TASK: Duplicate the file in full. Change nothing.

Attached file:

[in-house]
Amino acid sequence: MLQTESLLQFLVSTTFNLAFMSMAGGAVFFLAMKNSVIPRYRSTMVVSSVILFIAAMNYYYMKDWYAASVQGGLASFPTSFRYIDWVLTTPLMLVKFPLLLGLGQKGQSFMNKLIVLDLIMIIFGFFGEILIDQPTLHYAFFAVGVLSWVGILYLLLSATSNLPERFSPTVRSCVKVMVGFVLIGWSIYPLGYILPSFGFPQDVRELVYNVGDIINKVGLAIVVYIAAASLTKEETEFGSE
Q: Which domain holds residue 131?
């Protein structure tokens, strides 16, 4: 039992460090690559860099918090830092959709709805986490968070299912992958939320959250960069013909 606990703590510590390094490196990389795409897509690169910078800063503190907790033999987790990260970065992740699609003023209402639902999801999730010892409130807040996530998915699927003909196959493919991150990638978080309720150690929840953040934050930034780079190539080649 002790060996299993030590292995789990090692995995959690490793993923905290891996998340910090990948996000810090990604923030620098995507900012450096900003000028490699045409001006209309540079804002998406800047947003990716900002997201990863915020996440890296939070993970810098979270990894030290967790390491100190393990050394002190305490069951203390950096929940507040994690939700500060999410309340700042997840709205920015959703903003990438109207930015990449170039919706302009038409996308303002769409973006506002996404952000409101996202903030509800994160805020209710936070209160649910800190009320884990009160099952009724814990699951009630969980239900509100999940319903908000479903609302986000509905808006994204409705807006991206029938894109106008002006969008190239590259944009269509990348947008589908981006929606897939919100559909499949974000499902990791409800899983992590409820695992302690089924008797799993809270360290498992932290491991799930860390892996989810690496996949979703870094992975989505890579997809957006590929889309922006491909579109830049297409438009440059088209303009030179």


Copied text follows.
[in-house]
Amino acid sequence: MLQTESLLQFLVSTTFNLAFMSMAGGAVFFLAMKNSVIPRYRSTMVVSSVILFIAAMNYYYMKDWYAASVQGGLASFPTSFRYIDWVLTTPLMLVKFPLLLGLGQKGQSFMNKLIVLDLIMIIFGFFGEILIDQPTLHYAFFAVGVLSWVGILYLLLSATSNLPERFSPTVRSCVKVMVGFVLIGWSIYPLGYILPSFGFPQDVRELVYNVGDIINKVGLAIVVYIAAASLTKEETEFGSE
Q: Which domain holds residue 131?
């Protein structure tokens, strides 16, 4: 039992460090690559860099918090830092959709709805986490968070299912992958939320959250960069013909 606990703590510590390094490196990389795409897509690169910078800063503190907790033999987790990260970065992740699609003023209402639902999801999730010892409130807040996530998915699927003909196959493919991150990638978080309720150690929840953040934050930034780079190539080649 002790060996299993030590292995789990090692995995959690490793993923905290891996998340910090990948996000810090990604923030620098995507900012450096900003000028490699045409001006209309540079804002998406800047947003990716900002997201990863915020996440890296939070993970810098979270990894030290967790390491100190393990050394002190305490069951203390950096929940507040994690939700500060999410309340700042997840709205920015959703903003990438109207930015990449170039919706302009038409996308303002769409973006506002996404952000409101996202903030509800994160805020209710936070209160649910800190009320884990009160099952009724814990699951009630969980239900509100999940319903908000479903609302986000509905808006994204409705807006991206029938894109106008002006969008190239590259944009269509990348947008589908981006929606897939919100559909499949974000499902990791409800899983992590409820695992302690089924008797799993809270360290498992932290491991799930860390892996989810690496996949979703870094992975989505890579997809957006590929889309922006491909579109830049297409438009440059088209303009030179």